This painting gave me a good laugh. This is by Martin Kippenberger and I just think its hilarious. It is called War is no Nice and I love the falic symbol they created the cannon into. It is a representation of the DaDaist movement and I think its amazing. The use of greens and pinks instead of a typical war color gives the image its edge and the way everything is thrown together is just so Dada. The Dadaist were against war and everything it stood for so they conformed to paint, sculpt, and write against it. I believe this painting is a true creation to the Dada movement. It is inspirational and hilarious.
Tuesday, April 26, 2011
"Battle of Lights, Coney Island" was painted by Joseph Stella in 1913. The medium used was oil on canvas. It can currently be found the Yale University Art Gallery. It shows the park at Coney island which is located on a board walk with a ferris wheel in the center. It colorful nature is pleasing to the eye. The chaos seems to come together to form a carnival like theme similar to the one that can be seen a Coney Island. I personally have been to Coney Island and although it has changed over the years I like the depiction Stella has made.
Monday, April 25, 2011
Andy Warhol (1981)
Pop Art was an early form of Post Modernism. It was developed in the 1960's and depicts scenes and objects from everyday life such as art, illustrations, films, and comic strips. It even explores the cult of celebrities which includes fictional characters such as Mickey Mouse, the icon of youth and Disney. His other works of the time such as Campbell’s Soup Cans and Marilyn Monroe in fact mean little to me personally, but they nonetheless represent popular themes of that particular decade. Mickey Mouse however has surpassed the twentieth century and continues to symbolize childhood and innocence. Hence, this artwork has made me realize and appreciate the meaning of pop art, which is its representation of the current popular, cultural phenomenon.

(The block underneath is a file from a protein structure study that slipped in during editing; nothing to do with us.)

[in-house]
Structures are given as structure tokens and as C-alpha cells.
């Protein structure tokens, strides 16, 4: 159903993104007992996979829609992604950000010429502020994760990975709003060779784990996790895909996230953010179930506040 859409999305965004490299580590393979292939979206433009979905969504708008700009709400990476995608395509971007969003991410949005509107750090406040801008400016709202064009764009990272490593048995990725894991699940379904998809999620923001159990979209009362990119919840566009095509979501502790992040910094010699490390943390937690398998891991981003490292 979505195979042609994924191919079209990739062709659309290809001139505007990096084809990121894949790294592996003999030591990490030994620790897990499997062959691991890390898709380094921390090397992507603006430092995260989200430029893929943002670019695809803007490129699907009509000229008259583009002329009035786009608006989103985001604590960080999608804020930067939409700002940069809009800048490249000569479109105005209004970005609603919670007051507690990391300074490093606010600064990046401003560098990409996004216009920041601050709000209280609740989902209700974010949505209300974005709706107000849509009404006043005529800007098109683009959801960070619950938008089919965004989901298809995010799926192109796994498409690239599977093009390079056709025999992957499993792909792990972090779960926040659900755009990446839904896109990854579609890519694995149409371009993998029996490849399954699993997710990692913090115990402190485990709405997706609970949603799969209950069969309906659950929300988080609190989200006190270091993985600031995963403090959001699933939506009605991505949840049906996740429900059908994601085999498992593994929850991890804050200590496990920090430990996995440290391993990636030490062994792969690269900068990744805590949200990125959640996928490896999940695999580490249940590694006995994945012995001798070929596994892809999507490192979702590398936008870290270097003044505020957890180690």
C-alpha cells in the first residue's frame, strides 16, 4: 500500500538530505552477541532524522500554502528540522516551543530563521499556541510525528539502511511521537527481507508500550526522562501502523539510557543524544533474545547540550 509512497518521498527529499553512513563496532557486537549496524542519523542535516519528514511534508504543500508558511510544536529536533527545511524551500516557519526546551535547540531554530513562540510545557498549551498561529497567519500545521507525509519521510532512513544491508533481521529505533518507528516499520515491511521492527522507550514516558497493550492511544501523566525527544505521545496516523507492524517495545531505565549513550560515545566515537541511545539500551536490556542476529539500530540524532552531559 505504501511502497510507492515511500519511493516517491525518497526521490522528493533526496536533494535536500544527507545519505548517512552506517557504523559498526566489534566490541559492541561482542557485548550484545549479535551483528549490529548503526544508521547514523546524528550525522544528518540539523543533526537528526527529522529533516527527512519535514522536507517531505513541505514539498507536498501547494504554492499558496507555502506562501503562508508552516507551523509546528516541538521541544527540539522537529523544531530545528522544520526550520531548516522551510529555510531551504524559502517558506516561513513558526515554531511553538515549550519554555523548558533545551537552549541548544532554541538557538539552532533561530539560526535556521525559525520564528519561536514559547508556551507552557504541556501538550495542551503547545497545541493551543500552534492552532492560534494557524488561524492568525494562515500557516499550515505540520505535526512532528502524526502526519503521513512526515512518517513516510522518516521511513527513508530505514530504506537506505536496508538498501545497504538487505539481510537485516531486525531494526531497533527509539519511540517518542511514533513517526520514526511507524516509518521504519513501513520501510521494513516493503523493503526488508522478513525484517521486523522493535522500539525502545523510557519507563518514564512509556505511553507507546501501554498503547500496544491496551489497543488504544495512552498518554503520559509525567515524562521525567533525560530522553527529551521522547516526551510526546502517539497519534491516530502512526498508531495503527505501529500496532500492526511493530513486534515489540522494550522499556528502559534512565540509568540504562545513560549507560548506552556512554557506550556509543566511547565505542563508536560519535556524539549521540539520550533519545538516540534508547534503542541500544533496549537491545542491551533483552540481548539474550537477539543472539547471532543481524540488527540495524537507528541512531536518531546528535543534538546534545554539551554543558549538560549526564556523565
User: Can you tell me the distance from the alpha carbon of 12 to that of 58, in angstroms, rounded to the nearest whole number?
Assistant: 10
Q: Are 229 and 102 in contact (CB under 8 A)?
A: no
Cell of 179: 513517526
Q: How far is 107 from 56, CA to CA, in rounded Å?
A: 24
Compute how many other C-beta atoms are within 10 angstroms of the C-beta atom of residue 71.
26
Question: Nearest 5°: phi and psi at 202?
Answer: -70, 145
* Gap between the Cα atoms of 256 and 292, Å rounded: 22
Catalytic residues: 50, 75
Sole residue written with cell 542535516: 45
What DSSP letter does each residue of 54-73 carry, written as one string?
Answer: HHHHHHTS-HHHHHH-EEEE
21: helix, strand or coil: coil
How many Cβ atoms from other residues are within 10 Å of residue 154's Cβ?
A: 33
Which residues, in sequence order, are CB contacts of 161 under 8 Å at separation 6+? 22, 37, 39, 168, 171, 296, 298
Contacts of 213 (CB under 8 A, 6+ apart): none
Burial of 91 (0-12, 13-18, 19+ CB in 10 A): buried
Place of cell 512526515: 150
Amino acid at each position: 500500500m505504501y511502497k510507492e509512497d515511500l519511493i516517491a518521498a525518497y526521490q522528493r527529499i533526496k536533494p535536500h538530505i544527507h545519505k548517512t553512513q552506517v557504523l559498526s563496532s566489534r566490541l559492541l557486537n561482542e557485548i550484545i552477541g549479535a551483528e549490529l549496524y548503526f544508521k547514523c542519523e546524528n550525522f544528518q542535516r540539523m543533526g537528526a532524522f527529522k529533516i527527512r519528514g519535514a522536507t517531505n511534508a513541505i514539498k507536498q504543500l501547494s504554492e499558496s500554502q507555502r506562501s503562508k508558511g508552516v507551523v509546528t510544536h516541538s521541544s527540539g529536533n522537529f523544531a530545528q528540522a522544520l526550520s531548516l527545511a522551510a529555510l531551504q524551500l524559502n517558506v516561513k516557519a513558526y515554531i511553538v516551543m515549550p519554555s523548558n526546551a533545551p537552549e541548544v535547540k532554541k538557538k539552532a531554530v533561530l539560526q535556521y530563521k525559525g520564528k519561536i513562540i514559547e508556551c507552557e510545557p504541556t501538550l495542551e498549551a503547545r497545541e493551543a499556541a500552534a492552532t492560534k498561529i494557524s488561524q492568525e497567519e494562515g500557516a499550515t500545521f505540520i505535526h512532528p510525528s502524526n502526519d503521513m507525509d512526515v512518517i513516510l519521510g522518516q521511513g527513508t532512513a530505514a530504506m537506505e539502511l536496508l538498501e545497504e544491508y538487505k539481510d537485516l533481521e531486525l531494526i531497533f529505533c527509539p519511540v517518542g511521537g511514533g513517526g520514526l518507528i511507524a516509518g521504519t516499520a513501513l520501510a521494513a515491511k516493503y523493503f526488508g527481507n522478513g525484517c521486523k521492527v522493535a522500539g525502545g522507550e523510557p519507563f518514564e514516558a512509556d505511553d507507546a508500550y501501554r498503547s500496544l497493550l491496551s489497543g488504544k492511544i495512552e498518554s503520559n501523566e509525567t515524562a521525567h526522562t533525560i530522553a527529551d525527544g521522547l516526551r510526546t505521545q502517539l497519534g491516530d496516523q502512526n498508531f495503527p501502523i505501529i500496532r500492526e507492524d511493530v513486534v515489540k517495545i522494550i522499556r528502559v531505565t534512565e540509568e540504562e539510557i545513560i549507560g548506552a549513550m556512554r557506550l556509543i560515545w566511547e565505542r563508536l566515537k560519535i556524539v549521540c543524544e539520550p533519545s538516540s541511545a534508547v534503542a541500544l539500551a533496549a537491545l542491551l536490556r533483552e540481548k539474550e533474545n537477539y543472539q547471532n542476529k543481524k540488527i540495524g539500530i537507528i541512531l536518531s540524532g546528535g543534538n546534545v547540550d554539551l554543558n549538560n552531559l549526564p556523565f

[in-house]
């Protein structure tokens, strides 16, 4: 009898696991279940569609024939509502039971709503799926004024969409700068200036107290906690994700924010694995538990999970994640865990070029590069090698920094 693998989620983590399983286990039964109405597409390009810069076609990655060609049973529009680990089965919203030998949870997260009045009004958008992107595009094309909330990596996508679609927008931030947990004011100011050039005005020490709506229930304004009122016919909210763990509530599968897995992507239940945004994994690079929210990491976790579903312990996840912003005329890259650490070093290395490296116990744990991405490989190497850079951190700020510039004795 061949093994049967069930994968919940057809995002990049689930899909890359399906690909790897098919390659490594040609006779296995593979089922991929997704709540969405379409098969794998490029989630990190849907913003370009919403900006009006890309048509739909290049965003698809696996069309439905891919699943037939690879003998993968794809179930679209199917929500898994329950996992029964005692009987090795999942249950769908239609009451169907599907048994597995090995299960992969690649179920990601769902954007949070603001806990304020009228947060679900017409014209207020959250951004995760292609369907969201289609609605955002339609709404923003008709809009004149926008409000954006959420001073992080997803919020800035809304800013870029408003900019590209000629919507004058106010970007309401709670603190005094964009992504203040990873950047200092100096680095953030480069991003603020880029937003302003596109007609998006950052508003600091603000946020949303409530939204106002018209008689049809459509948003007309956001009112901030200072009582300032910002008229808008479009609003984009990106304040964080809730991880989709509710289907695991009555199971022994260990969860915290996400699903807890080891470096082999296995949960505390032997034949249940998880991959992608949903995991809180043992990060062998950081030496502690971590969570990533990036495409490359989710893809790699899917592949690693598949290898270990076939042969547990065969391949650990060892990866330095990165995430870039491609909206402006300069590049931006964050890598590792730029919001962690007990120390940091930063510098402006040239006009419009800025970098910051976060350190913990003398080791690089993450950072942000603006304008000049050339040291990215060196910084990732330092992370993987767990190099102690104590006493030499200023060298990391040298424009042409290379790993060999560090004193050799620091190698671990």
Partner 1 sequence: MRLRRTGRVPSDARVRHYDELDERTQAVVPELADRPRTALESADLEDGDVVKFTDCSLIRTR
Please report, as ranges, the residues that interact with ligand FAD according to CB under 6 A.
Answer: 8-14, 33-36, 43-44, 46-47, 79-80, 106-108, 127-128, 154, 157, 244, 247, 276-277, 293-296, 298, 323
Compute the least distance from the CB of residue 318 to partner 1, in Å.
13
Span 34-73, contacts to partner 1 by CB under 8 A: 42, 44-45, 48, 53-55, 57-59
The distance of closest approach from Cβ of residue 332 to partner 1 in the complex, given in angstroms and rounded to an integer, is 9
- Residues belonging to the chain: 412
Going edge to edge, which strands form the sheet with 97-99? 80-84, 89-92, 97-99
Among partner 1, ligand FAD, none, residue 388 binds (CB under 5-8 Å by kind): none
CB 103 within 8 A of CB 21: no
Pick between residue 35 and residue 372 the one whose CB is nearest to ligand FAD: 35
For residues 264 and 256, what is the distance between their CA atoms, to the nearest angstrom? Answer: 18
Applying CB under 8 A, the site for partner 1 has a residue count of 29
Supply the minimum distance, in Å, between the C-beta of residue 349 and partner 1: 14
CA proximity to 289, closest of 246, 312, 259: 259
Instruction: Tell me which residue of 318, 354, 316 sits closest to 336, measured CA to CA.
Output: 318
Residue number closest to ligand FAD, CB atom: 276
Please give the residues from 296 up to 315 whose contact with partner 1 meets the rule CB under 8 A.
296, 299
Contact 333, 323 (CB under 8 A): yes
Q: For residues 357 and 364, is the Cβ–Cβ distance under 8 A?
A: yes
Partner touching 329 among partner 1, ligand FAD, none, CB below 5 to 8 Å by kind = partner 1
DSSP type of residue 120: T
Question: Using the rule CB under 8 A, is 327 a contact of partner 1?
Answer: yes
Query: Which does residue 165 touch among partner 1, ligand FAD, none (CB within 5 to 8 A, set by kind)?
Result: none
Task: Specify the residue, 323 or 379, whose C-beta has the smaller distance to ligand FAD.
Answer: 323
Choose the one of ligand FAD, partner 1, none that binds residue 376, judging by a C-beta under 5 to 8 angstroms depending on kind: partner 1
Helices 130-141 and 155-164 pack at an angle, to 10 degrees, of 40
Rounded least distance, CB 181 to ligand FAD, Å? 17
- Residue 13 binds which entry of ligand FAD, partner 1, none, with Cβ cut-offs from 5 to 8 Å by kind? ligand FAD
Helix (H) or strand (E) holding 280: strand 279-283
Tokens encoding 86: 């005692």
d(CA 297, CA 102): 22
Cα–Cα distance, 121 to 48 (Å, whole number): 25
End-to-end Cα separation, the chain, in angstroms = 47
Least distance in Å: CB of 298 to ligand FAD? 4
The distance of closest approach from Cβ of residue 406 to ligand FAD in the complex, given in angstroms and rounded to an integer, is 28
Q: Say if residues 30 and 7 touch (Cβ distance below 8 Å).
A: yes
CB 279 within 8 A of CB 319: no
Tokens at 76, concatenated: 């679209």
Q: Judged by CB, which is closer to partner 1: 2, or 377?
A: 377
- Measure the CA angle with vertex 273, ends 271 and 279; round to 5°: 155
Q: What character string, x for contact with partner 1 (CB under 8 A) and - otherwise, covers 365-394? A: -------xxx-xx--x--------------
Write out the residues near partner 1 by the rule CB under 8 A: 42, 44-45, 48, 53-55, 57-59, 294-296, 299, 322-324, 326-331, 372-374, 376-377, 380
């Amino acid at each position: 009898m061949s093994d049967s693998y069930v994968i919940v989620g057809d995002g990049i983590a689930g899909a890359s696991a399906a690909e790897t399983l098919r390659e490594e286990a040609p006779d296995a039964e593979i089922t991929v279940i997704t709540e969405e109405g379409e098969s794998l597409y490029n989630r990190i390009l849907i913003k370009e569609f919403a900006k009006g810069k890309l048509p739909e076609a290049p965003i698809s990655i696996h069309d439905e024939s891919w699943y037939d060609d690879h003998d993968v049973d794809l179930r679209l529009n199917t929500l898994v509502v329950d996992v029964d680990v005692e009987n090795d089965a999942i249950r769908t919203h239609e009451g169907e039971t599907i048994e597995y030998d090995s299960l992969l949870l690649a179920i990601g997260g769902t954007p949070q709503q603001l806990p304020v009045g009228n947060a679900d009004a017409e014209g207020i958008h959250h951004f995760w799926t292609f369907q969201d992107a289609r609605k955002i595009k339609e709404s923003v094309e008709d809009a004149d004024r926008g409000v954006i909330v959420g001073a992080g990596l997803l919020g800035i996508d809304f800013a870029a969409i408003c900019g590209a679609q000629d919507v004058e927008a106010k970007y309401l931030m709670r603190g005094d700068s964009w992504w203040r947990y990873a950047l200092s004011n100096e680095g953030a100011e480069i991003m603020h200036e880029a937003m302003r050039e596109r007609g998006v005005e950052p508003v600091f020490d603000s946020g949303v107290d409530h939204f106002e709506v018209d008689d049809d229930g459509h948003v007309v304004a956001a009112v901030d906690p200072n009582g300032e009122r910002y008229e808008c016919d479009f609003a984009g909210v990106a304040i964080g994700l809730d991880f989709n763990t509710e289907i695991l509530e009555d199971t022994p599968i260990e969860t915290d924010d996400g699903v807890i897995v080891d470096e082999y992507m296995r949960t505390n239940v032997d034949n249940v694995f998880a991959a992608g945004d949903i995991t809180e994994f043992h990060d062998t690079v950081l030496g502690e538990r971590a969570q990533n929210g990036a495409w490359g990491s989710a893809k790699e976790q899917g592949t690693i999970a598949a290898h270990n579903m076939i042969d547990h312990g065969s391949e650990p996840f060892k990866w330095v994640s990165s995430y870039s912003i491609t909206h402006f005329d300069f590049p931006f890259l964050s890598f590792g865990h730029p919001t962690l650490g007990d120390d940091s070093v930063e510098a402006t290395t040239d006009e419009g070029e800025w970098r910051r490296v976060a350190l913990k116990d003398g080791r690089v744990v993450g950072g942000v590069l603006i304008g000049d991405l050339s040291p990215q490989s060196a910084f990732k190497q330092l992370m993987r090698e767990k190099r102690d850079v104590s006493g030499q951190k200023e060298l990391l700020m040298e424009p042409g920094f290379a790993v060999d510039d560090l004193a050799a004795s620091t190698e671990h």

Reflection was a self portrait done by Lucian Freud in oil paint. He was around the age of 63 when he did this painting. Prior to this, I’ve never heard of Lucian Freud or seen any of his work. I really love the way he paints and love his brush work. Particularly in this painting, he applied the paint so thickly that it left bumps and a sort of roughness to the painting. Freud was known to harshly replicate the human body, a lot of his subjects show this. He wasn’t concerned with making the body look beautiful. He intended to portray the body how it looks, even with all its imperfections.
Jimmy Best was done by Jean Michel Basquiat in 1981. The medium used was spray paint and oil paintstick on metal panel. When I first saw this piece I didn’t really understand it. I had trouble making sense of what Basquiat was trying to say. After discussing this work in painting class last semester, It’s kind of stuck with me. I actually think his words are extremely powerful. Some say Basquiat was trying to convey that our past experiences effect our future. That our “childhood files” can essentially sucker punch us and keep us on our back while instilling us with fear of getting up and getting knocked down again.